The p22phox protein (phox for phagocytic oxidase) was first identified in 1987 during the purification of the cytochrome b-245mv from human neutrophils.[5] A few years before, this low-potential cytochrome b, also called cytochrome b558 (cytb) because of its spectral properties, was demonstrated as the major component of the microbicidal nicotinamide adenine dinucleotide phosphate (NADPH) oxidase complex in phagocytes.[6][7][8] Cytb, the redox element of the NADPH oxidase complex, is a membrane heterodimer composed of two subunits: p22phox (also called the alpha or small subunit or the light chain of the cytb) and gp91phox (renamed NOX2 in the 2000s) or the beta or heavy chain or large subunit. By screening a cDNA library constructed from human promyelocytic leukemia cells, Parkos et al. isolated a cDNA corresponding to the light chain of cytb.[9] The importance of the role of p22phox was evidenced by the discovery of autosomal recessive chronic granulomatous disease caused by mutations in CYBA and leading to the absence of cytb expression in phagocytes.[3]

Gene[edit]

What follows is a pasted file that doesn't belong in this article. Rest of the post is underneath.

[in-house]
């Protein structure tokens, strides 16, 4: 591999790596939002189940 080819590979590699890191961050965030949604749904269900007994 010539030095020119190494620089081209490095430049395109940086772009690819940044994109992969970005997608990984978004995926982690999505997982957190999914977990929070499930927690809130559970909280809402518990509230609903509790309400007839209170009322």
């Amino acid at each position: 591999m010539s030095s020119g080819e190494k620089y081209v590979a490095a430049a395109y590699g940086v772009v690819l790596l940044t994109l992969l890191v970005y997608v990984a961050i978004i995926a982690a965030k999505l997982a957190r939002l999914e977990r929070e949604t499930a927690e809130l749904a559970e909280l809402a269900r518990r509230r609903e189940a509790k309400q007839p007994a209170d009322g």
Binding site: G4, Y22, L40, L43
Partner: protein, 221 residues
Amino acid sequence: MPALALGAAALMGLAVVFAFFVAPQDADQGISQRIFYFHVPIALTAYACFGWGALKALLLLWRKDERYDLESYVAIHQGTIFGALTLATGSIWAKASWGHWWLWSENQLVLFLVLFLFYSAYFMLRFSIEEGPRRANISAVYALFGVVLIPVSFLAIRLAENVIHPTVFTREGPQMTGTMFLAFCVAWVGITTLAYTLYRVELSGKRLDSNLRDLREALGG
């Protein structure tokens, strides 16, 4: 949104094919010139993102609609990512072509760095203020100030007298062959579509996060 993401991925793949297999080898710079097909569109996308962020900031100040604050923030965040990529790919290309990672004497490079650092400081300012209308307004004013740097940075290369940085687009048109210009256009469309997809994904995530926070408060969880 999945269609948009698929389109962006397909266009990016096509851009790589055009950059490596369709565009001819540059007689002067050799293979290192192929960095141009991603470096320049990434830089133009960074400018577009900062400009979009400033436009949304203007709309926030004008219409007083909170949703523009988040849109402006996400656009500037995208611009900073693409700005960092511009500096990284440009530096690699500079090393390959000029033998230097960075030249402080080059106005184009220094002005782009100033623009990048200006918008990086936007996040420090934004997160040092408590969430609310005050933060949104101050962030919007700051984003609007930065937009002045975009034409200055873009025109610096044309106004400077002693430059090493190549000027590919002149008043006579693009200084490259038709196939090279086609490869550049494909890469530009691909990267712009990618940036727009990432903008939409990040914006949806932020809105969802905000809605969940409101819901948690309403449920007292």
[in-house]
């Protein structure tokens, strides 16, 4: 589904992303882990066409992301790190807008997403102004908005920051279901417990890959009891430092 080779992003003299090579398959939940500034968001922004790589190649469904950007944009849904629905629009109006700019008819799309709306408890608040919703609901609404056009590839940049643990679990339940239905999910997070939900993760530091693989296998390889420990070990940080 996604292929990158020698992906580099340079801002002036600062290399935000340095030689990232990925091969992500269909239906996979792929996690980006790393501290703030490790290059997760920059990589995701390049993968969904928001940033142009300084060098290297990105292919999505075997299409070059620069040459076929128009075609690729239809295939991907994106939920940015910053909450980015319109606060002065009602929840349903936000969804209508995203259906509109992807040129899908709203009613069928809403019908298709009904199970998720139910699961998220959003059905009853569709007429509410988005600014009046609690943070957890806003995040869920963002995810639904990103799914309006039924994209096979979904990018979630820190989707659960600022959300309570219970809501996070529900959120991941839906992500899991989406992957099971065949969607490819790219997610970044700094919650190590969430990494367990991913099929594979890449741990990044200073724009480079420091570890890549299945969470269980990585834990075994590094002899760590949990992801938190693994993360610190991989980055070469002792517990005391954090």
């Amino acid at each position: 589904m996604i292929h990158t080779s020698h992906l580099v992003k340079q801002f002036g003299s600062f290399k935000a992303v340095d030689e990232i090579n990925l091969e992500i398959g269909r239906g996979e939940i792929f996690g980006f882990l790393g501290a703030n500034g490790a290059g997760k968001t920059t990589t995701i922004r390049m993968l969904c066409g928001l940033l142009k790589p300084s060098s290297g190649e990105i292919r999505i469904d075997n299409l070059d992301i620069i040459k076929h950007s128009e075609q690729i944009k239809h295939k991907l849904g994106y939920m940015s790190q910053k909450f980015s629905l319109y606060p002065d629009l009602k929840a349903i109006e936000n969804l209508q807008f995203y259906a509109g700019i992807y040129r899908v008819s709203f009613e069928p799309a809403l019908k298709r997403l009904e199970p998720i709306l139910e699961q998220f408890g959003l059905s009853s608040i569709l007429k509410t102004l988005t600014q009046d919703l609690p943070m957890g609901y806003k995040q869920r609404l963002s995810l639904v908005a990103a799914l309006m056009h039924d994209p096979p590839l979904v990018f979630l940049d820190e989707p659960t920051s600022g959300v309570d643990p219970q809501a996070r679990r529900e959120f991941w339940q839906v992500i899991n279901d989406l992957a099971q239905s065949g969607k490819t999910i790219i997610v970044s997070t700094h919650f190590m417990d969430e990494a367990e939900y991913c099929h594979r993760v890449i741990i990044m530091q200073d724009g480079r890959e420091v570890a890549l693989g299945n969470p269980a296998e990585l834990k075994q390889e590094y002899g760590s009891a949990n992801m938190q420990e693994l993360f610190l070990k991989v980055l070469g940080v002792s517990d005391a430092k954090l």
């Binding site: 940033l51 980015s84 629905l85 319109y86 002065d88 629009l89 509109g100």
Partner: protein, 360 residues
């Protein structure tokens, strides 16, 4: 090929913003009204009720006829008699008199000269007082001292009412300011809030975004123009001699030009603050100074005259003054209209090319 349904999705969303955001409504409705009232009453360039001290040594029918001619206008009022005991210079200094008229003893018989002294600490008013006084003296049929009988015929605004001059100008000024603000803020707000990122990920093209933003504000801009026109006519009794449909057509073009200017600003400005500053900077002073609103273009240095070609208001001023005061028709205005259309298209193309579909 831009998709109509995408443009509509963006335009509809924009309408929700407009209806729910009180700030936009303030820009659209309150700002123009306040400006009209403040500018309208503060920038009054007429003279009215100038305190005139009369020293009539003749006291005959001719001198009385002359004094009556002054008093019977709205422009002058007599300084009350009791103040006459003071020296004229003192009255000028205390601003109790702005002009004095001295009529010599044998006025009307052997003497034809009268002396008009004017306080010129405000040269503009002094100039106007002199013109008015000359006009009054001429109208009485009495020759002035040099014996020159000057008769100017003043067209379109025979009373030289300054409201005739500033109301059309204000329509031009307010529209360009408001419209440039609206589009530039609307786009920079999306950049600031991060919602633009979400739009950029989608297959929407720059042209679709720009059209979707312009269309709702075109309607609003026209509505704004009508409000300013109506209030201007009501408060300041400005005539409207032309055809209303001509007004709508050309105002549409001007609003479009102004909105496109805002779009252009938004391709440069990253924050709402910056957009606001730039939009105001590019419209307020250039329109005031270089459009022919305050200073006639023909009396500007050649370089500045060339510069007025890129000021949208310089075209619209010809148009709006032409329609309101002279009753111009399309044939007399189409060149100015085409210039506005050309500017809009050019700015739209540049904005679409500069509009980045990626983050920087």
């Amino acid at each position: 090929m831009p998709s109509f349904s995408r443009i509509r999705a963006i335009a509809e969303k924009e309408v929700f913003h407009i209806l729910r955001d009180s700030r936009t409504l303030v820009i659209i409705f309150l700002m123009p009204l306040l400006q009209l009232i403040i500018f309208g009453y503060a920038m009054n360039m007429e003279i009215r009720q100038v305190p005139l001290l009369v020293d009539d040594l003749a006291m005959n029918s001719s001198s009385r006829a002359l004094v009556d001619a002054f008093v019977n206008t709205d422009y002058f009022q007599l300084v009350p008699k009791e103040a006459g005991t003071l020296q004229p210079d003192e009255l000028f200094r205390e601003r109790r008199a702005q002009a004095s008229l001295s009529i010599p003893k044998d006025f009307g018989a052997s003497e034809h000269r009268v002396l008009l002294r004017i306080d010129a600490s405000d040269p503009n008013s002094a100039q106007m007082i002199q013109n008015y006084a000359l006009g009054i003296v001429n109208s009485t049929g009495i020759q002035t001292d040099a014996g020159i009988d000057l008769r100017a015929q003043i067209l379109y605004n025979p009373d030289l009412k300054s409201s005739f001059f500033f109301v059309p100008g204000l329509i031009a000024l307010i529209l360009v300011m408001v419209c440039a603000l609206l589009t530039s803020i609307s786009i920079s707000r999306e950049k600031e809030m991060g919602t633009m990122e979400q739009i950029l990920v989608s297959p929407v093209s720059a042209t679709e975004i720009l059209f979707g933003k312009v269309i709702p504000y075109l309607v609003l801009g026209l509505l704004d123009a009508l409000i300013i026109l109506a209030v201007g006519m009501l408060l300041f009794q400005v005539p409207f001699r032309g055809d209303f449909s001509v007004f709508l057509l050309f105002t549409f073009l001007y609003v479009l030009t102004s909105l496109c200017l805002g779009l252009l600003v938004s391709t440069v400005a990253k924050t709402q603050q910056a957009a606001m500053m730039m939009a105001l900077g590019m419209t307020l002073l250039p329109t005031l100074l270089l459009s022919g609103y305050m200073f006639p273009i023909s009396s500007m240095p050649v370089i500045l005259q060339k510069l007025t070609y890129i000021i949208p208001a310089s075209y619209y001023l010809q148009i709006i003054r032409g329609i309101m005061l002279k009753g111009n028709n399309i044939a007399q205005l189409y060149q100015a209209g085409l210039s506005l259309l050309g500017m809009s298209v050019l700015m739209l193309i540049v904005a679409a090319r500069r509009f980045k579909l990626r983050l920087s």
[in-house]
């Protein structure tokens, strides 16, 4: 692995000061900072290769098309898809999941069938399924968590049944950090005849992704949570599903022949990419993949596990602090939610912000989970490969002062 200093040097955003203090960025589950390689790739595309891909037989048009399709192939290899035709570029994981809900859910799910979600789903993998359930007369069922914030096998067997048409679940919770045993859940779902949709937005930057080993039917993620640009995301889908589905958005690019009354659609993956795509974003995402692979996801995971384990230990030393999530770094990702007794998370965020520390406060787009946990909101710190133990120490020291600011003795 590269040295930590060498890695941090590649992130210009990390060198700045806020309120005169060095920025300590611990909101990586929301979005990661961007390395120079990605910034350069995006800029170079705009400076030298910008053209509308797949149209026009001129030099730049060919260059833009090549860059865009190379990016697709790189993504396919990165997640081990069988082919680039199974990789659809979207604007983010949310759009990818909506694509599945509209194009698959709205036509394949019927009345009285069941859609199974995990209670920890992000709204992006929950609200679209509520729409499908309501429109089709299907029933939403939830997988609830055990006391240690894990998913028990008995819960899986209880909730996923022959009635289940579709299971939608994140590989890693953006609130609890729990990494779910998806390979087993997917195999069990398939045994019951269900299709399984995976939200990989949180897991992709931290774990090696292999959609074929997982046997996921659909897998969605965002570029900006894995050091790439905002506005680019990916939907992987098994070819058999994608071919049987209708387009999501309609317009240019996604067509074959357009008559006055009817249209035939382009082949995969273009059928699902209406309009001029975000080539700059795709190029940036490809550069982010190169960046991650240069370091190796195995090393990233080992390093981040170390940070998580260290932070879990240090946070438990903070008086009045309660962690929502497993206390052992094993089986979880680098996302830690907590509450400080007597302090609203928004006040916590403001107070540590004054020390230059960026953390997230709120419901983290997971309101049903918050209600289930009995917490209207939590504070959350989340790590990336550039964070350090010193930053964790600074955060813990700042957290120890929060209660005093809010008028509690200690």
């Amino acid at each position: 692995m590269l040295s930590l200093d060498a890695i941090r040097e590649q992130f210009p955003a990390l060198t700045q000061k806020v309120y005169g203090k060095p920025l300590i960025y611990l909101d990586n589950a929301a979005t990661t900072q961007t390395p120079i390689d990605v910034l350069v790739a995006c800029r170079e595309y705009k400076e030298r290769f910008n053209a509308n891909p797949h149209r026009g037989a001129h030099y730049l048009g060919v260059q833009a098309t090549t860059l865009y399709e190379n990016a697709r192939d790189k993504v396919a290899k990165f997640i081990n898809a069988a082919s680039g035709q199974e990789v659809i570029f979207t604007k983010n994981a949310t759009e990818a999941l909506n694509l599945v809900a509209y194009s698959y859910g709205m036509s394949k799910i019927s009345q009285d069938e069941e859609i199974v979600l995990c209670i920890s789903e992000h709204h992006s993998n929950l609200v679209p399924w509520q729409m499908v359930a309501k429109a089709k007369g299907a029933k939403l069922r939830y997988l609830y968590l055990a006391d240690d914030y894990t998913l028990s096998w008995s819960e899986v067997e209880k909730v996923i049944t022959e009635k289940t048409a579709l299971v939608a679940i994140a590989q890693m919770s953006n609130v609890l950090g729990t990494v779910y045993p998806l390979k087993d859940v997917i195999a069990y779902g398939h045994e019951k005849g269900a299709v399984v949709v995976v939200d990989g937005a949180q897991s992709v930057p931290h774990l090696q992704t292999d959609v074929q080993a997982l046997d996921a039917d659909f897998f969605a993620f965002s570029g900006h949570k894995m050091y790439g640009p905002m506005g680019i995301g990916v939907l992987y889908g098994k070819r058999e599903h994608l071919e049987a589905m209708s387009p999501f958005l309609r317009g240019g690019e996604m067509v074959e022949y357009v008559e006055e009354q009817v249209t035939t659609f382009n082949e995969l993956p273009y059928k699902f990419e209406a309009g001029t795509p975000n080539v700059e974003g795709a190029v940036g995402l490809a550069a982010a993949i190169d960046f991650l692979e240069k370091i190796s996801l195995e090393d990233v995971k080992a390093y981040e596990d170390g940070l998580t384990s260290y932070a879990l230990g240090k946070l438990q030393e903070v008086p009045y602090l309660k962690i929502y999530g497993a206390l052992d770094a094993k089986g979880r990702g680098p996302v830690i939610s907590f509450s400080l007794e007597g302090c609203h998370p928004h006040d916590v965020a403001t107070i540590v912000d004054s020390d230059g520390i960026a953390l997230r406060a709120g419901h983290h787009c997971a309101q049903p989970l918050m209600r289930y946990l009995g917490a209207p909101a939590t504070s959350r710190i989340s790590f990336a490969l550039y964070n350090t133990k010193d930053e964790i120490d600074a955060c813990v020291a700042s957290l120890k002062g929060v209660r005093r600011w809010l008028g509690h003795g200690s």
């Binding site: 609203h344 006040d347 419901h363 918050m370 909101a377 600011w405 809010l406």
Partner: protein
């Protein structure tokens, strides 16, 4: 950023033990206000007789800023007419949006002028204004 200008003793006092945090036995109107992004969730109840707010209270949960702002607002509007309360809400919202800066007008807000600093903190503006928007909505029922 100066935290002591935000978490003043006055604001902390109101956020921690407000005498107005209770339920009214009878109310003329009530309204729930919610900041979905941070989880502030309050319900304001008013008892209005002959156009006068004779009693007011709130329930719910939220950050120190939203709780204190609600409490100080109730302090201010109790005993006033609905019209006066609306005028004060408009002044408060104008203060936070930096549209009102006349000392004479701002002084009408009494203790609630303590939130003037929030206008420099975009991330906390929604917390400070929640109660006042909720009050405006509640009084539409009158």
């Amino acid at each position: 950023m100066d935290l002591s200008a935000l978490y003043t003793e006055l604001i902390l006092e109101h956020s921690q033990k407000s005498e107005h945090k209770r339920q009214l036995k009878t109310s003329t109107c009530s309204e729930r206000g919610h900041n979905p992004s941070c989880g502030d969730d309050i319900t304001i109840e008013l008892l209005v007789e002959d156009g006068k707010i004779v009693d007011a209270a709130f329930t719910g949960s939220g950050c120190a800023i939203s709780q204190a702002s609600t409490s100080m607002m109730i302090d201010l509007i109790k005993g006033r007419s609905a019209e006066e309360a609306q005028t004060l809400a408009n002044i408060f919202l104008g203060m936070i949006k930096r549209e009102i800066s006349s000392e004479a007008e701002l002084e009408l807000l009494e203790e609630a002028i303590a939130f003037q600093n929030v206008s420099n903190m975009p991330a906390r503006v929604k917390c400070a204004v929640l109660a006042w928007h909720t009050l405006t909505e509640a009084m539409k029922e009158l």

The human CYBA gene (OMIM number 233690) encoding the p22phox protein is located on the long arm of chromosome 16 at position 24 (16q24: 88,643,288 to 88,651,084, OMIM 608508), containing 6 exons, 5 introns and spanning 8.5kb (Fig. 1). An update of the promoter region of CYBA contains TATA, CCAC boxes, Sp1, -interferon, and nuclear factor B sites.[10] The p22phox cDNA was also cloned in rat vascular smooth muscle cells (VSMCs) and showed that the rat gene was homologous to both human and mouse genes.[11] P22phox human mRNA is 0.8 kb and has a constitutive expression in a variety of cell types. P22phox expression is not related to the NOX2 transcript expression, suggesting that both subunits have an independent transcription process.[12][13]